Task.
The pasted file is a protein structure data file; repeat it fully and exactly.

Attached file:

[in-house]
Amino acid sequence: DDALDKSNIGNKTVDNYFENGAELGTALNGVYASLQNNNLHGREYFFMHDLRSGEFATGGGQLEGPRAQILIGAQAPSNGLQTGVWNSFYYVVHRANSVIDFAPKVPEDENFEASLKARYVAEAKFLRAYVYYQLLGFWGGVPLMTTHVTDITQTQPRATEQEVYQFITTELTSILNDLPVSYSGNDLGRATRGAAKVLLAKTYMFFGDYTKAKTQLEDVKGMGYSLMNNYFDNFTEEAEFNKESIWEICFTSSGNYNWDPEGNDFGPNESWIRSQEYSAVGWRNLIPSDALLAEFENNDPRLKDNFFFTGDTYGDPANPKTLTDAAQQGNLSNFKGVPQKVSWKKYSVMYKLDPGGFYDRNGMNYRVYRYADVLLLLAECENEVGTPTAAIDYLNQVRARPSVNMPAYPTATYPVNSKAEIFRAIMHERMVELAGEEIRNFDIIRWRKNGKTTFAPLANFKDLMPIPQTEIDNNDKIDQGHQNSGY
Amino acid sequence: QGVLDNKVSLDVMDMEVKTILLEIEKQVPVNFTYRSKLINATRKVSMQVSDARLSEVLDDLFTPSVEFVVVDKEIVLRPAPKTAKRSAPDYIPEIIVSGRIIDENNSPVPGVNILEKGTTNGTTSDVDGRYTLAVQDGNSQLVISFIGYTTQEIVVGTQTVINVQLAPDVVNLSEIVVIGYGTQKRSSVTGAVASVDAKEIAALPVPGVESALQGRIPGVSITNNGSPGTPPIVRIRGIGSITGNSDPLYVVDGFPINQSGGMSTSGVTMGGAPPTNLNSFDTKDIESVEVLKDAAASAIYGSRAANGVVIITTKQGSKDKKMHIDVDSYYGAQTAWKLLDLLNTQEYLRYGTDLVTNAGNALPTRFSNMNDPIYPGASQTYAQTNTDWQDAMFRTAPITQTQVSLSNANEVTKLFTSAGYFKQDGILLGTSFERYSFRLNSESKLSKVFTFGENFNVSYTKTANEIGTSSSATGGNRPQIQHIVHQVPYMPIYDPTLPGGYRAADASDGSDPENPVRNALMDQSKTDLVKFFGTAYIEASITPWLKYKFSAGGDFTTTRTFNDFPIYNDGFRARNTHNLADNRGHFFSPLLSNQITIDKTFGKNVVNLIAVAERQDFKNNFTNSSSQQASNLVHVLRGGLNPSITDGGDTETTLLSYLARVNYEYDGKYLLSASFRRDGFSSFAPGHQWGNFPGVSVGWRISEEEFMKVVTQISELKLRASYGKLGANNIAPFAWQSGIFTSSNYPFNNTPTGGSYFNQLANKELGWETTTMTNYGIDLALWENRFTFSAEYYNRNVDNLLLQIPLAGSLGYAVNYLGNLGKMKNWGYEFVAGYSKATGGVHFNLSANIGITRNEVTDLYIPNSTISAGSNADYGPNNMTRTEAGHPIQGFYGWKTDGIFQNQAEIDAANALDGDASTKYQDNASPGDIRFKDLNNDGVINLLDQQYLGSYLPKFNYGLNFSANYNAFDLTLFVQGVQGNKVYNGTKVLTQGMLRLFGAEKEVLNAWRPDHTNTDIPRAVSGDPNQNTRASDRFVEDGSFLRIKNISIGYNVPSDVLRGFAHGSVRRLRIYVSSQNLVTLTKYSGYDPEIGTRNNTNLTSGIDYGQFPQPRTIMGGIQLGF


[in-house]
Amino acid sequence: DDALDKSNIGNKTVDNYFENGAELGTALNGVYASLQNNNLHGREYFFMHDLRSGEFATGGGQLEGPRAQILIGAQAPSNGLQTGVWNSFYYVVHRANSVIDFAPKVPEDENFEASLKARYVAEAKFLRAYVYYQLLGFWGGVPLMTTHVTDITQTQPRATEQEVYQFITTELTSILNDLPVSYSGNDLGRATRGAAKVLLAKTYMFFGDYTKAKTQLEDVKGMGYSLMNNYFDNFTEEAEFNKESIWEICFTSSGNYNWDPEGNDFGPNESWIRSQEYSAVGWRNLIPSDALLAEFENNDPRLKDNFFFTGDTYGDPANPKTLTDAAQQGNLSNFKGVPQKVSWKKYSVMYKLDPGGFYDRNGMNYRVYRYADVLLLLAECENEVGTPTAAIDYLNQVRARPSVNMPAYPTATYPVNSKAEIFRAIMHERMVELAGEEIRNFDIIRWRKNGKTTFAPLANFKDLMPIPQTEIDNNDKIDQGHQNSGY
Amino acid sequence: QGVLDNKVSLDVMDMEVKTILLEIEKQVPVNFTYRSKLINATRKVSMQVSDARLSEVLDDLFTPSVEFVVVDKEIVLRPAPKTAKRSAPDYIPEIIVSGRIIDENNSPVPGVNILEKGTTNGTTSDVDGRYTLAVQDGNSQLVISFIGYTTQEIVVGTQTVINVQLAPDVVNLSEIVVIGYGTQKRSSVTGAVASVDAKEIAALPVPGVESALQGRIPGVSITNNGSPGTPPIVRIRGIGSITGNSDPLYVVDGFPINQSGGMSTSGVTMGGAPPTNLNSFDTKDIESVEVLKDAAASAIYGSRAANGVVIITTKQGSKDKKMHIDVDSYYGAQTAWKLLDLLNTQEYLRYGTDLVTNAGNALPTRFSNMNDPIYPGASQTYAQTNTDWQDAMFRTAPITQTQVSLSNANEVTKLFTSAGYFKQDGILLGTSFERYSFRLNSESKLSKVFTFGENFNVSYTKTANEIGTSSSATGGNRPQIQHIVHQVPYMPIYDPTLPGGYRAADASDGSDPENPVRNALMDQSKTDLVKFFGTAYIEASITPWLKYKFSAGGDFTTTRTFNDFPIYNDGFRARNTHNLADNRGHFFSPLLSNQITIDKTFGKNVVNLIAVAERQDFKNNFTNSSSQQASNLVHVLRGGLNPSITDGGDTETTLLSYLARVNYEYDGKYLLSASFRRDGFSSFAPGHQWGNFPGVSVGWRISEEEFMKVVTQISELKLRASYGKLGANNIAPFAWQSGIFTSSNYPFNNTPTGGSYFNQLANKELGWETTTMTNYGIDLALWENRFTFSAEYYNRNVDNLLLQIPLAGSLGYAVNYLGNLGKMKNWGYEFVAGYSKATGGVHFNLSANIGITRNEVTDLYIPNSTISAGSNADYGPNNMTRTEAGHPIQGFYGWKTDGIFQNQAEIDAANALDGDASTKYQDNASPGDIRFKDLNNDGVINLLDQQYLGSYLPKFNYGLNFSANYNAFDLTLFVQGVQGNKVYNGTKVLTQGMLRLFGAEKEVLNAWRPDHTNTDIPRAVSGDPNQNTRASDRFVEDGSFLRIKNISIGYNVPSDVLRGFAHGSVRRLRIYVSSQNLVTLTKYSGYDPEIGTRNNTNLTSGIDYGQFPQPRTIMGGIQLGF